Disputes can be messy, time-consuming and expensive for smaller businesses without the necessary resources and experience required to navigate them efficiently and effectively.
Litigation has long been the only solution for small businesses resolving disputes, whether between themselves and individuals or even between businesses. Now, however, mediation has emerged as an alternative method of dispute resolution.
Evaluating the options
Mediation allows the parties to agree how the matter is resolved, which means that solutions can be a win/win situation, whereas in litigation, the outcome is imposed on the parties where there is one winner and one loser.
When it comes to commercial dispute resolution, small businesses should first of all consider informal dialogue with the companies with whom they potentially have a dispute. If this is unsuccessful, a more formal approach should then be attempted, such as a joint settlement meeting (with legal advisors but without a mediator), or a mediation.
Mediation will often be a lower cost solution and can take place at any time. It can be a particularly suitable option just before formal proceedings have started (when all parties have stated their case), or immediately before a trial, which is when the major costs will be incurred. By taking take part in mediation before proceedings commence, court fees and legal costs can hopefully be avoided.
Mediation in practice
The standard process for mediation generally involves an initial meeting with all parties and the mediator to focus all minds on settlement, balanced with the potential cost of litigation or a trial, if the mediation is unsuccessful. Litigation is not only costly in terms of legal fees and disbursements, but also costs a company a significant amount of management time and takes focus away from the business.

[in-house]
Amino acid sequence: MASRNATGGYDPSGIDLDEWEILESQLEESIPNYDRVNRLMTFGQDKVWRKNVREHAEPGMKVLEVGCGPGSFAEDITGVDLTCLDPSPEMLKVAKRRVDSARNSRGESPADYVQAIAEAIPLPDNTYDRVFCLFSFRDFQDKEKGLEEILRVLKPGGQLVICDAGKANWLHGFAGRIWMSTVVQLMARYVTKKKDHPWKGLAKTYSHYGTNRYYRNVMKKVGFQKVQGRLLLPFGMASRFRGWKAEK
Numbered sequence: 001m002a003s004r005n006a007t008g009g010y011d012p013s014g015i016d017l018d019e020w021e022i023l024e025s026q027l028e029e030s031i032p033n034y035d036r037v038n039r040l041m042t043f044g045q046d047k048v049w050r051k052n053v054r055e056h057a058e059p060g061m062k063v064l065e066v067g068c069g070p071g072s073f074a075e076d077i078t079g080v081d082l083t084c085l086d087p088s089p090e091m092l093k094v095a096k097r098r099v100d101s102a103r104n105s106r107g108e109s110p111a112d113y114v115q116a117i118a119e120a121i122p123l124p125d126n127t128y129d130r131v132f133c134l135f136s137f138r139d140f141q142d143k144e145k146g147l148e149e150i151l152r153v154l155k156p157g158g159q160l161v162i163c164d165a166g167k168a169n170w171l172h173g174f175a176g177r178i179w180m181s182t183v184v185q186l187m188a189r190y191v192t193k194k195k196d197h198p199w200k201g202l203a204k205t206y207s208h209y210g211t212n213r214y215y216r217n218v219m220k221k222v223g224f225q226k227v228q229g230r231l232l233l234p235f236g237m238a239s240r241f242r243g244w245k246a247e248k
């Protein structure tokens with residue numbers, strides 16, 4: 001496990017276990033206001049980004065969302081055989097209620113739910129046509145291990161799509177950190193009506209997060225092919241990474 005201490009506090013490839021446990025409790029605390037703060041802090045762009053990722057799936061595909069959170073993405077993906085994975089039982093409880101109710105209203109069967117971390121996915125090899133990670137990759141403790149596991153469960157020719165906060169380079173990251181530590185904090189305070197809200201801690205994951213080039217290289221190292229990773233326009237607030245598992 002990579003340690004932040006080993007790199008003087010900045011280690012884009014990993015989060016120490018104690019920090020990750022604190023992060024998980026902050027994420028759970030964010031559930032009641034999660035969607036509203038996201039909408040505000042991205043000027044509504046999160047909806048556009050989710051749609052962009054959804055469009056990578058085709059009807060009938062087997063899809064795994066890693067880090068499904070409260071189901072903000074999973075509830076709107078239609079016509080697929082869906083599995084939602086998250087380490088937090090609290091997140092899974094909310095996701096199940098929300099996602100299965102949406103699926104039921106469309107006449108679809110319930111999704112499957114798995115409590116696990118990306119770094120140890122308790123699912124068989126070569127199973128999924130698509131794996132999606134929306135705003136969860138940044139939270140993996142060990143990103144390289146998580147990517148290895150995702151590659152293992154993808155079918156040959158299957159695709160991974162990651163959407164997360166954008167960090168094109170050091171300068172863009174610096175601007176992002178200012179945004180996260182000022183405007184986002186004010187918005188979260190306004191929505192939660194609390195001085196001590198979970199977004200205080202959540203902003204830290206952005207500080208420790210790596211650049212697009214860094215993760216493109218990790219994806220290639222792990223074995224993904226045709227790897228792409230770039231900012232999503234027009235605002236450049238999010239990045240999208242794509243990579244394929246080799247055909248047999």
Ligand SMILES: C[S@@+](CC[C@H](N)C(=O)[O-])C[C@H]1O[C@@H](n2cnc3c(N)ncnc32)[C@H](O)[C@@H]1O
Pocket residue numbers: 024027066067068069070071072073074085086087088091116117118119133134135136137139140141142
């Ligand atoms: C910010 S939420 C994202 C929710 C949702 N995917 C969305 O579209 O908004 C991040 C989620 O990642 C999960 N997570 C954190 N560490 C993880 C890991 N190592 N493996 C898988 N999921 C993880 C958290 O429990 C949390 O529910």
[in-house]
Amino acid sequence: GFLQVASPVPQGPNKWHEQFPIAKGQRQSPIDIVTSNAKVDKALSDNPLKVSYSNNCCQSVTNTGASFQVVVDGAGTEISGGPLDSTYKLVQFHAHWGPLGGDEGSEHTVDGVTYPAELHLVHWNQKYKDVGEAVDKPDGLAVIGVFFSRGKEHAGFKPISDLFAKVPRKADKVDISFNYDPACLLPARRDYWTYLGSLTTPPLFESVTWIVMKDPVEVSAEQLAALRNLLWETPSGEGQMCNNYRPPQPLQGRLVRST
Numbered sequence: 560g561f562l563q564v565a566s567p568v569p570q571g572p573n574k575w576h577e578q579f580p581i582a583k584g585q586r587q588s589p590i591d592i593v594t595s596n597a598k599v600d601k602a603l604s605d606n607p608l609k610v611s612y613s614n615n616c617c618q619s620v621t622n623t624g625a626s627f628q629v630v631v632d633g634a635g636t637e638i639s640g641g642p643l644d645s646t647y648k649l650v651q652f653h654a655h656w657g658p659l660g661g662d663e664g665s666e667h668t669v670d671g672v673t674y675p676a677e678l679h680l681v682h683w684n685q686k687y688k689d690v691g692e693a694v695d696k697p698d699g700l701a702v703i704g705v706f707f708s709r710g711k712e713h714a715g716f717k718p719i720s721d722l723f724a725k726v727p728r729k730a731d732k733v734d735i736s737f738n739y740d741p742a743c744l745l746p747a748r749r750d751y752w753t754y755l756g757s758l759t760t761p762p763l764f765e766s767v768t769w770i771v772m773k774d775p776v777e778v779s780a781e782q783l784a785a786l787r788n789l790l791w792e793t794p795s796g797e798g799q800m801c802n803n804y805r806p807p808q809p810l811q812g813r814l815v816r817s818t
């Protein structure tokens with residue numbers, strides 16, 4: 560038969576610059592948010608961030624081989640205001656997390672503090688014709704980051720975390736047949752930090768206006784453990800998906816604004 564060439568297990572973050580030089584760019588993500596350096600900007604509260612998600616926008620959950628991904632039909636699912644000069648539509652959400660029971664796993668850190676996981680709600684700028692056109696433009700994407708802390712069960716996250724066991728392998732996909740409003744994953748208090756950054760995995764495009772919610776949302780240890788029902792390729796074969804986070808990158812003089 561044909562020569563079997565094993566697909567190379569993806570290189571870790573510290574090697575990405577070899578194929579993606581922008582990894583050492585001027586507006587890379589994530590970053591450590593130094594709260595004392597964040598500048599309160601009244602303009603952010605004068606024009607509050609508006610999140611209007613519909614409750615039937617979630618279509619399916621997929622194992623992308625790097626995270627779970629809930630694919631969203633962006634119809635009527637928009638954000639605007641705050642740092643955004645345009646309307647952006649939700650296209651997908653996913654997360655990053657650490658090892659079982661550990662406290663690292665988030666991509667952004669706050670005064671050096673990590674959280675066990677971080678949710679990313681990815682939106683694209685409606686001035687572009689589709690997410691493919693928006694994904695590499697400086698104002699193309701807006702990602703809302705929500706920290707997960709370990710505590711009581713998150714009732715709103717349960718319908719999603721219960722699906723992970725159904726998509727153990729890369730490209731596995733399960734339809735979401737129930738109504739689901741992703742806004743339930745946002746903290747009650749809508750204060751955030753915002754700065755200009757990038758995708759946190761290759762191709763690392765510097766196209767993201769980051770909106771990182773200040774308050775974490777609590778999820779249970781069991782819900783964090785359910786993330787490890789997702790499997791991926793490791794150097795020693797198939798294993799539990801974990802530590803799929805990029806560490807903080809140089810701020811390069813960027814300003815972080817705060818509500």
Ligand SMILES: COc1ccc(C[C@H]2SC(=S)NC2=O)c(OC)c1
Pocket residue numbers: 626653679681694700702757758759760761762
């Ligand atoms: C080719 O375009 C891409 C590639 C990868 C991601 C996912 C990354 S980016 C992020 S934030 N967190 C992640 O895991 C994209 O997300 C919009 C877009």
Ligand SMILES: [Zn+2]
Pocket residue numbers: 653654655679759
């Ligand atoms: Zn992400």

Those taking part in mediation have free reign over key decisions, such as who the mediator is and where the mediation will take place. The terms discussed during the mediation (and any settlement) are kept confidential, which could prevent potentially sensitive commercial information or outcomes being made public and avert the risk of any reputational issues from being aired during a public trial.
Parties in mediation can negotiate flexible outcomes (for example obtaining credit notes, performing works for no extra charge, and exploring new business opportunities to allow parties to preserve business relationships).
If a client is involved in a dispute that risks the integrity of a long-standing relationship, mediation can also bring value by facilitating dialogue (allowing terms to be renegotiated), which means that these relationships can be salvaged and trade may continue if both parties are in agreement. If communication has broken down, encouraging the respective managing directors to meet and speak to each other can allow misunderstandings to be resolved more easily.
The disputing parties are ultimately in control of the decision to settle and the terms of resolution, but it should be noted that mediation may also encourage openness about each party’s strengths and weaknesses of their case. This can help manage expectations, encourage parties to have empathy for each other’s positions and work together to come to an amicable and commercial resolution.
The resolution of choice for small businesses
No form of dispute resolution provides completely guaranteed success, and although mediation does not always result in a resolution on the day, quite often our experience has shown that the effect of having the parties focus their minds on the issue means that a resolution is reached soon after. This approach encourages participating parties to consider their desired outcomes and the merits of the dispute realistically, away from the pressured environment of the courtroom, and to find a commercially mutually acceptable solution for all parties.
As courts increasingly impose costs sanctions if a request to mediate is refused unreasonably, the problem-solving approach of mediation, together with confidentiality in the discussions, makes it an attractive and commercial method for resolving business disputes and getting the focus back on growing the company. For these reasons, SMEs should consider mediation as their first port of call for dispute resolution.
Elaine Chan and Tony Winterburn are partners in the commercial litigation team in the Manchester office of Ward Hadaway.